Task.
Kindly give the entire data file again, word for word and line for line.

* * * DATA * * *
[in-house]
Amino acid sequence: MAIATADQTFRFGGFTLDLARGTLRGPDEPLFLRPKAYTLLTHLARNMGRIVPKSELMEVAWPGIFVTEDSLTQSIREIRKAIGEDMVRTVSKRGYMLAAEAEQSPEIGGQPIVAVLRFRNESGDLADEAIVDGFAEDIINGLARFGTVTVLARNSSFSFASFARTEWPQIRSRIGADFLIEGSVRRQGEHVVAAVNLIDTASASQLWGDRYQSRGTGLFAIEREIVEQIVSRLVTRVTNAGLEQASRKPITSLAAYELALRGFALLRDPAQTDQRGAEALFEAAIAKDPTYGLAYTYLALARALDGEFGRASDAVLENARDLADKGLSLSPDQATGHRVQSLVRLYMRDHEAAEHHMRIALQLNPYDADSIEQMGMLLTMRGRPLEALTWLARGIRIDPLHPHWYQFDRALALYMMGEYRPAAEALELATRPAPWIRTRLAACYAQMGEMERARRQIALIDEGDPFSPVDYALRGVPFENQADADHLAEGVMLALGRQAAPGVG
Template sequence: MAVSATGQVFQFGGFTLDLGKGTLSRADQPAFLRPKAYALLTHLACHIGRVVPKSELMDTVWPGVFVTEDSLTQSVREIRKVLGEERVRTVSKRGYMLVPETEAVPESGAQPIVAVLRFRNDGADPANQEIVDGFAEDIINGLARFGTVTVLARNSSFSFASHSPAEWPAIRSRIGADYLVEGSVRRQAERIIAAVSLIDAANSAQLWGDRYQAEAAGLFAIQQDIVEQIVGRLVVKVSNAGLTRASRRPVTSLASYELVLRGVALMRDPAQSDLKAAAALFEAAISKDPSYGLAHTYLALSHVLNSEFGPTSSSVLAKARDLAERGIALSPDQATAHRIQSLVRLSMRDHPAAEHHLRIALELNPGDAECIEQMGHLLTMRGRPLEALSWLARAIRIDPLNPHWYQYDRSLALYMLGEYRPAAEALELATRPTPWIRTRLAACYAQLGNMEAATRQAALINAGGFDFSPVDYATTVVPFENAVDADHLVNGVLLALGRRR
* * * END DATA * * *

[in-house]
Amino acid sequence: MAIATADQTFRFGGFTLDLARGTLRGPDEPLFLRPKAYTLLTHLARNMGRIVPKSELMEVAWPGIFVTEDSLTQSIREIRKAIGEDMVRTVSKRGYMLAAEAEQSPEIGGQPIVAVLRFRNESGDLADEAIVDGFAEDIINGLARFGTVTVLARNSSFSFASFARTEWPQIRSRIGADFLIEGSVRRQGEHVVAAVNLIDTASASQLWGDRYQSRGTGLFAIEREIVEQIVSRLVTRVTNAGLEQASRKPITSLAAYELALRGFALLRDPAQTDQRGAEALFEAAIAKDPTYGLAYTYLALARALDGEFGRASDAVLENARDLADKGLSLSPDQATGHRVQSLVRLYMRDHEAAEHHMRIALQLNPYDADSIEQMGMLLTMRGRPLEALTWLARGIRIDPLHPHWYQFDRALALYMMGEYRPAAEALELATRPAPWIRTRLAACYAQMGEMERARRQIALIDEGDPFSPVDYALRGVPFENQADADHLAEGVMLALGRQAAPGVG
Template sequence: MAVSATGQVFQFGGFTLDLGKGTLSRADQPAFLRPKAYALLTHLACHIGRVVPKSELMDTVWPGVFVTEDSLTQSVREIRKVLGEERVRTVSKRGYMLVPETEAVPESGAQPIVAVLRFRNDGADPANQEIVDGFAEDIINGLARFGTVTVLARNSSFSFASHSPAEWPAIRSRIGADYLVEGSVRRQAERIIAAVSLIDAANSAQLWGDRYQAEAAGLFAIQQDIVEQIVGRLVVKVSNAGLTRASRRPVTSLASYELVLRGVALMRDPAQSDLKAAAALFEAAISKDPSYGLAHTYLALSHVLNSEFGPTSSSVLAKARDLAERGIALSPDQATAHRIQSLVRLSMRDHPAAEHHLRIALELNPGDAECIEQMGHLLTMRGRPLEALSWLARAIRIDPLNPHWYQYDRSLALYMLGEYRPAAEALELATRPTPWIRTRLAACYAQLGNMEAATRQAALINAGGFDFSPVDYATTVVPFENAVDADHLVNGVLLALGRRR